10. Geoffard, Pierre-Yves & Philipson, Tomas, 1997. "Disease Eradication: Private versus Public Vaccination," American Economic Review, American Economic Association, vol. 87(1), pages 222-30, March.
  11. David A. Hennessy, 2005. "Biosecurity and Infectious Animal Disease," Center for Agricultural and Rural Development (CARD) Publications 05-wp413, Center for Agricultural and Rural Development (CARD) at Iowa State University.
  12. Chau, Nancy H. & de Gorter, Harry, 2001. "Disentandling the Consequences of Direct Payment Schemes in Agriculture on Fixed Costs, Exit Decisions and Output," Working Papers 127663, Cornell University, Department of Applied Economics and Management.
  13. Geoffard, P.Y. & Philipson, T., 1995. "Rational Epidemics and their Public Control," DELTA Working Papers 95-15, DELTA (Ecole normale supérieure).
  14. Enrico Moretti & Jeffrey M. Perloff, 2002. "Efficiency Wages, Deferred Payments, and Direct Incentives in Agriculture," American Journal of Agricultural Economics, Agricultural and Applied Economics Association, vol. 84(4), pages 1144-1155.
  15. Mahul, Olivier & Gohin, Alexandre, 1999. "Irreversible Decision Making in Contagious Animal Disease Control under Uncertainty: An Illustration Using FMD in Brittany," European Review of Agricultural Economics, Foundation for the European Review of Agricultural Economics, vol. 26(1), pages 39-58, March.
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Cited by:
  1. Gramig, Benjamin M. & Horan, Richard D. & Wolf, Christopher A., 2008. "Livestock Disease Indemnity Design When Moral Hazard is Followed by Adverse Selection," 2008 Annual Meeting, July 27-29, 2008, Orlando, Florida 6542, American Agricultural Economics Association (New Name 2008: Agricultural and Applied Economics Association).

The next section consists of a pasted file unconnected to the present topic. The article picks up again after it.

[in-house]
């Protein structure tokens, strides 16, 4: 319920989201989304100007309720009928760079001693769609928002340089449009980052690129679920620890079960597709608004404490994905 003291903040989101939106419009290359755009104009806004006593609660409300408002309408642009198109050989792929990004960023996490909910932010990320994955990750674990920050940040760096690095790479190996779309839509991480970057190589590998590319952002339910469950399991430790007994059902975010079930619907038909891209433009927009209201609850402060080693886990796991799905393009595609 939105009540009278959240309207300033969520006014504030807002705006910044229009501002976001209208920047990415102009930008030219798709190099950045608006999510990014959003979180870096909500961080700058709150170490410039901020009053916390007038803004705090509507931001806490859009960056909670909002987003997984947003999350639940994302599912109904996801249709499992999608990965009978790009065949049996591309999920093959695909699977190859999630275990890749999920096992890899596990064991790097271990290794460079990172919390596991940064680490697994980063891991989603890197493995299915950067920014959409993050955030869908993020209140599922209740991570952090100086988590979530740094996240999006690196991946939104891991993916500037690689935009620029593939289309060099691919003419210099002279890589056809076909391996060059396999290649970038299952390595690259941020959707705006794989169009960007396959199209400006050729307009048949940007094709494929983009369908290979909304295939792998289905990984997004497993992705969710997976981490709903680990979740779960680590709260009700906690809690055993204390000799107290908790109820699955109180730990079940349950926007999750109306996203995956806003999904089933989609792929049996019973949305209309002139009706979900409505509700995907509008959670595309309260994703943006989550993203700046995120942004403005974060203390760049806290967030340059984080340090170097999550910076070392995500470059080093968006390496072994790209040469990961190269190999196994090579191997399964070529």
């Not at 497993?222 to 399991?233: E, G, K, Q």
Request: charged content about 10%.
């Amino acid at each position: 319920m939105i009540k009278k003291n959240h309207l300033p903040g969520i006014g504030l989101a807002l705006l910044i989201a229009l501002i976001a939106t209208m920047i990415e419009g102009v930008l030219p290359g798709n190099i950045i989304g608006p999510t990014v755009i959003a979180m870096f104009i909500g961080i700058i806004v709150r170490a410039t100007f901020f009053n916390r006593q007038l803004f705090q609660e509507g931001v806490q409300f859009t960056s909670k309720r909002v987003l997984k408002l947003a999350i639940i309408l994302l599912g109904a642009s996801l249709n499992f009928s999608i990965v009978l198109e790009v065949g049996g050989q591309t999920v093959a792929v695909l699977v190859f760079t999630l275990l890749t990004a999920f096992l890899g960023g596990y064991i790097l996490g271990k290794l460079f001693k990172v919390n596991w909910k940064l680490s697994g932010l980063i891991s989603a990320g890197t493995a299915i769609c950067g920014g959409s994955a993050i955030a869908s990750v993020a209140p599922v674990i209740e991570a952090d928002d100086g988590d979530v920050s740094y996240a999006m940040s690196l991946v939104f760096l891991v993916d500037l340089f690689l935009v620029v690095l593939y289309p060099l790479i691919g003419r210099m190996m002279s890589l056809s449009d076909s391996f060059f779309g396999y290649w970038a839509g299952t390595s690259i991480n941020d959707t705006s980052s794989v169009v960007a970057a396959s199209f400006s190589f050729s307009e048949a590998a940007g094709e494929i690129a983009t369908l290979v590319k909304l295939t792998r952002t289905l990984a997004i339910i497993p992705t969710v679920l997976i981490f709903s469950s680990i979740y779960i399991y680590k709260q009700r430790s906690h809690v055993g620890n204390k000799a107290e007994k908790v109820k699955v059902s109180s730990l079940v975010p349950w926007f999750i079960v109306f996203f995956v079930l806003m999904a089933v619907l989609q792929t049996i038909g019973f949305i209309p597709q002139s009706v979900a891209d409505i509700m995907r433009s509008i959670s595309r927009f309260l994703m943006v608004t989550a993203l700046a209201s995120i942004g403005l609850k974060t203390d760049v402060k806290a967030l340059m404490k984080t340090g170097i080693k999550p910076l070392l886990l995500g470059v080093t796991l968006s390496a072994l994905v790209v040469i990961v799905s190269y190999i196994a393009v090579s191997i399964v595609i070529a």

2. Xie, Fang & Horan, Richard D., 2008. "Disease and Behavioral Dynamics for Brucellosis in Elk and Cattle in the Greater Yellowstone Area," 2008 Annual Meeting, July 27-29, 2008, Orlando, Florida 6404, American Agricultural Economics Association (New Name 2008: Agricultural and Applied Economics Association).
  3. Xie, Fang & Horan, Richard D., 2009. "Disease and Behavioral Dynamics for Brucellosis Control in Elk and Cattle in the Greater Yellowstone Area," 2009 Conference, August 16-22, 2009, Beijing, China 51707, International Association of Agricultural Economists.
  4. David A. Hennessy, 2013. "Biosecurity Externalities and Indemnities for Infectious Animal Diseases," Center for Agricultural and Rural Development (CARD) Publications 13-wp539, Center for Agricultural and Rural Development (CARD) at Iowa State University.
  5. David A. Hennessy & Tong Wang, 2013. "Strategic Interactions Among Private and Public Efforts when Preventing and Stamping Out an Highly Infectious Animal Disease," Center for Agricultural and Rural Development (CARD) Publications 13-wp541, Center for Agricultural and Rural Development (CARD) at Iowa State University.